Before seasonal adjustments, the Teranet-National Bank™ Composite House Price Index, which covers eleven CMAs across the country, rose by 1.8% from March to April, a second consecutive monthly increase.
However, after adjusting for seasonal effects, the Teranet-National Bank™ Composite House Price Index remained relatively stable with a slight decrease of 0.1% between March and April, following a 0.8% decline the previous month. In April, 5 of the 11 CMAs included in the index experienced contractions: Edmonton (-2.5%), Ottawa-Gatineau (-2.1%), Vancouver (-0.9%), Hamilton (-0.5%) and Montreal (-0.2%). Conversely, prices increased during the month in Quebec City (+1.2%), Toronto (+0.7%), Winnipeg (+0.5%), Calgary (+0.3%) and Victoria (+0.1%), while they remained stable in Halifax. For the remaining CMAs not included in the composite index, a decrease was observed in 12 of the 20 CMAs for which data is available in April. The largest monthly decreases were in Thunder Bay (-12.8% after a 17.9% increase the previous month) and Kingston (-11.1%). Conversely, notable increases were observed in Moncton (+5.9%) and Peterborough (+4.5%).
The Teranet-National Bank™ Composite Home Price Index fell 8.5% from April 2022 to April 2023, a record annual contraction. Increases were still seen in 2 of the 11 cities in the composite index in April. Calgary led the way with a 6.9% year-over-year price increase, followed by Quebec City with a 2.7% gain. As for the lagging markets, prices fell the most in Hamilton (-14.8%), Toronto (-12.2%) and Ottawa-Gatineau (-9.7%). As for the 20 other CMAs not included in the composite index, positive annual gains were observed in 5 of them. The strongest growth was recorded in Trois-Rivières (+14.3%) and Sherbrooke (+8.4%), while the largest declines were in Abbotsford-Mission (-22.0%), Guelph (-18.4%) and London (-17.7%).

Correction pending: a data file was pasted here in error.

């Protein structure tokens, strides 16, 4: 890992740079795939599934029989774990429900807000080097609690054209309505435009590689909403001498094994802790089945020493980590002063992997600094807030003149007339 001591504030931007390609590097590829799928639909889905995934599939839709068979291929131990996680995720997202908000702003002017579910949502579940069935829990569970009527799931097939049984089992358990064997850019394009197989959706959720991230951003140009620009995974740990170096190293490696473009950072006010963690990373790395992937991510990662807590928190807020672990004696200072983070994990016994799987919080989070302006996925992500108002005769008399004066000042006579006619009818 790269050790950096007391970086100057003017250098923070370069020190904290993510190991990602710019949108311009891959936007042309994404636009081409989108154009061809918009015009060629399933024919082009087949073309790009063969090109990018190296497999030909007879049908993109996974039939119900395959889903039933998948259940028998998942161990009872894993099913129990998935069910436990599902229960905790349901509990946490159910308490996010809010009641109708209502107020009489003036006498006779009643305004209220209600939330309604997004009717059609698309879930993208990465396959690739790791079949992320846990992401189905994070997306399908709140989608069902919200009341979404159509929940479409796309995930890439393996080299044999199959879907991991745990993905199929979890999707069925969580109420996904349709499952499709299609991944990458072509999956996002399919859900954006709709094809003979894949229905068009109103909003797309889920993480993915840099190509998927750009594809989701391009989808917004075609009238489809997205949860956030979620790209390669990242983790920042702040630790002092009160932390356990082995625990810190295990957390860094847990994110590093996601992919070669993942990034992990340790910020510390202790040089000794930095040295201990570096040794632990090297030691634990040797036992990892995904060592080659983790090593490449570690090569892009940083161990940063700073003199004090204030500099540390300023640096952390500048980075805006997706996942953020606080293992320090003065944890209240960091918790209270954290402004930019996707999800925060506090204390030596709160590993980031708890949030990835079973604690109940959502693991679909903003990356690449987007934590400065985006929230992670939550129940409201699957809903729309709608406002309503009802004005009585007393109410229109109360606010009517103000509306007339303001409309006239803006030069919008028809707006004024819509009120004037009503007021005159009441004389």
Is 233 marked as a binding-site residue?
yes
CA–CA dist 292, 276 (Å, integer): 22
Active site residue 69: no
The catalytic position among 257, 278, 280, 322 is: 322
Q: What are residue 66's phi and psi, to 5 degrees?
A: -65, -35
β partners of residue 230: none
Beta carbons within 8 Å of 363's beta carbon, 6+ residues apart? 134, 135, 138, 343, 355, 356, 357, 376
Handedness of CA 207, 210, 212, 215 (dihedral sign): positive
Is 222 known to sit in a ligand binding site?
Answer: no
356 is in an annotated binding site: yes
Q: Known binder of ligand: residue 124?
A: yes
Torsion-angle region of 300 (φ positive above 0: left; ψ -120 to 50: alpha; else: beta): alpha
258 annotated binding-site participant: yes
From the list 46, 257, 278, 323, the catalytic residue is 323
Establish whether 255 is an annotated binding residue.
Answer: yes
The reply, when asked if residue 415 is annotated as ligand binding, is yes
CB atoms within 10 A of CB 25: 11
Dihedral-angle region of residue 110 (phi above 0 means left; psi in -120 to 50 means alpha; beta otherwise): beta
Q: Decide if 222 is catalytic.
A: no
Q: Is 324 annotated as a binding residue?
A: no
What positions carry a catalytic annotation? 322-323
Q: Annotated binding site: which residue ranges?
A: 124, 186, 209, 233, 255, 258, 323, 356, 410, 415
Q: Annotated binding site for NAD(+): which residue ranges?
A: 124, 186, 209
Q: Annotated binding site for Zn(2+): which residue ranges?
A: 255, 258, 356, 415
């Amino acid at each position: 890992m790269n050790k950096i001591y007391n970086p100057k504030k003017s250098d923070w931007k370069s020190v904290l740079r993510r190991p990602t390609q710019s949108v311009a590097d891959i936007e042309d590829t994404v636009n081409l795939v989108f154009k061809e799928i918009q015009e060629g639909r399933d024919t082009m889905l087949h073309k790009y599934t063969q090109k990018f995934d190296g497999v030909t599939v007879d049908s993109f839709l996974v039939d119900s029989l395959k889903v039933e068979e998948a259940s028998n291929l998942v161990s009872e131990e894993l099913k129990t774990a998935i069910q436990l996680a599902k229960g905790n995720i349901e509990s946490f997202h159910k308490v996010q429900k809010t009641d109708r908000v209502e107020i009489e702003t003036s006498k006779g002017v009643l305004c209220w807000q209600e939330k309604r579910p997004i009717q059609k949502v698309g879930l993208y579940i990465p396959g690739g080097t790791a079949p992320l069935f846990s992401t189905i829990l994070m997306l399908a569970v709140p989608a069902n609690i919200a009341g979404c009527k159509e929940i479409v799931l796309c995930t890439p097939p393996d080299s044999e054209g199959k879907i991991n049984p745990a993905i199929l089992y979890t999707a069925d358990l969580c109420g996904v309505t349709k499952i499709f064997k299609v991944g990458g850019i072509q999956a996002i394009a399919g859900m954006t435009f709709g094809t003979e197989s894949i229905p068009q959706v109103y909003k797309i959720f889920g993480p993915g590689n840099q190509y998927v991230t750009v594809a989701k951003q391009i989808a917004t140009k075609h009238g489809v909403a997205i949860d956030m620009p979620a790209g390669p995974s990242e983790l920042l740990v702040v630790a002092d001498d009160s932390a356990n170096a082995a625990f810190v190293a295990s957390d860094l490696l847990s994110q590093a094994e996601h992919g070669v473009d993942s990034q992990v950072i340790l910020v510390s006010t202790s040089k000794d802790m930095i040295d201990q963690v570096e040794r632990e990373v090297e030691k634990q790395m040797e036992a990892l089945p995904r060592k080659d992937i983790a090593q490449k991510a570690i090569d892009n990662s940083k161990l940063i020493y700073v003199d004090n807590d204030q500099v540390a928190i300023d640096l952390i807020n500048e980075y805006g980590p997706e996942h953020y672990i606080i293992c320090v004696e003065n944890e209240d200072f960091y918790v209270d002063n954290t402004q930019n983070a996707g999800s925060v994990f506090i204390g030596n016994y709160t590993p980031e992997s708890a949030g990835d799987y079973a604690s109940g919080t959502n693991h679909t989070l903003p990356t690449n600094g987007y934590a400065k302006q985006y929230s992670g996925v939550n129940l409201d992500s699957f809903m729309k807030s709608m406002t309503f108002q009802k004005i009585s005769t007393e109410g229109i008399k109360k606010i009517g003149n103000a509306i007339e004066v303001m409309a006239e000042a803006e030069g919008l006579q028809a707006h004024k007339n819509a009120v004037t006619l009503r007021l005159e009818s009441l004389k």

- Composite 11
- All Metropolitan Indices
- British Columbia
- New Brunswick
- Nova Scotia
|Metropolitan area||% change m/m||% change m/m, SA||% change y/y||From peak||Peak date|
Economics and Strategy Group
National Bank of Canada